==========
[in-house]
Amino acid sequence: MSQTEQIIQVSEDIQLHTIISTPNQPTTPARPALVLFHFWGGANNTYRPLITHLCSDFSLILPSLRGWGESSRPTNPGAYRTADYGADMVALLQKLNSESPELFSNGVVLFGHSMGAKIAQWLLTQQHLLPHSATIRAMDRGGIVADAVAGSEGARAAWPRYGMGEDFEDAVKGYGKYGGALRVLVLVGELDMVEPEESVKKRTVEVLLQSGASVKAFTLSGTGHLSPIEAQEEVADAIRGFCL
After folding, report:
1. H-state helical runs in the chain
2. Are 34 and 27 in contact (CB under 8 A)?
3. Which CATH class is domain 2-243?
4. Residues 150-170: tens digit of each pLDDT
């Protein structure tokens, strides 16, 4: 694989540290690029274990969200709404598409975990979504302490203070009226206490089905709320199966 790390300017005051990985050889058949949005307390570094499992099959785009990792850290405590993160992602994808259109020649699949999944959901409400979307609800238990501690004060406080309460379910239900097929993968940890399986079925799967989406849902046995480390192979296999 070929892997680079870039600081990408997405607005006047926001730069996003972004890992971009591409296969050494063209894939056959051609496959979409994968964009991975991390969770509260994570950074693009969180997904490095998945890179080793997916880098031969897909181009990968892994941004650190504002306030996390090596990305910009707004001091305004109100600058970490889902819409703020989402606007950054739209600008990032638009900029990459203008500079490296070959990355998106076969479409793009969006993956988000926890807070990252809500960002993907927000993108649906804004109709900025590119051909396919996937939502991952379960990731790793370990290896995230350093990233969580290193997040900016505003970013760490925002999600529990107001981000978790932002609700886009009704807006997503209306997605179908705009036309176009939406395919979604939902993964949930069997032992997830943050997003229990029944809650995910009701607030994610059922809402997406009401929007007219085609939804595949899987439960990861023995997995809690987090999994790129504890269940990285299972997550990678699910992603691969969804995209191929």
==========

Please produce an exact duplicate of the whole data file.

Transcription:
[in-house]
Amino acid sequence: MSQTEQIIQVSEDIQLHTIISTPNQPTTPARPALVLFHFWGGANNTYRPLITHLCSDFSLILPSLRGWGESSRPTNPGAYRTADYGADMVALLQKLNSESPELFSNGVVLFGHSMGAKIAQWLLTQQHLLPHSATIRAMDRGGIVADAVAGSEGARAAWPRYGMGEDFEDAVKGYGKYGGALRVLVLVGELDMVEPEESVKKRTVEVLLQSGASVKAFTLSGTGHLSPIEAQEEVADAIRGFCL
After folding, report:
1. H-state helical runs in the chain
2. Are 34 and 27 in contact (CB under 8 A)?
3. Which CATH class is domain 2-243?
4. Residues 150-170: tens digit of each pLDDT
């Protein structure tokens, strides 16, 4: 694989540290690029274990969200709404598409975990979504302490203070009226206490089905709320199966 790390300017005051990985050889058949949005307390570094499992099959785009990792850290405590993160992602994808259109020649699949999944959901409400979307609800238990501690004060406080309460379910239900097929993968940890399986079925799967989406849902046995480390192979296999 070929892997680079870039600081990408997405607005006047926001730069996003972004890992971009591409296969050494063209894939056959051609496959979409994968964009991975991390969770509260994570950074693009969180997904490095998945890179080793997916880098031969897909181009990968892994941004650190504002306030996390090596990305910009707004001091305004109100600058970490889902819409703020989402606007950054739209600008990032638009900029990459203008500079490296070959990355998106076969479409793009969006993956988000926890807070990252809500960002993907927000993108649906804004109709900025590119051909396919996937939502991952379960990731790793370990290896995230350093990233969580290193997040900016505003970013760490925002999600529990107001981000978790932002609700886009009704807006997503209306997605179908705009036309176009939406395919979604939902993964949930069997032992997830943050997003229990029944809650995910009701607030994610059922809402997406009401929007007219085609939804595949899987439960990861023995997995809690987090999994790129504890269940990285299972997550990678699910992603691969969804995209191929």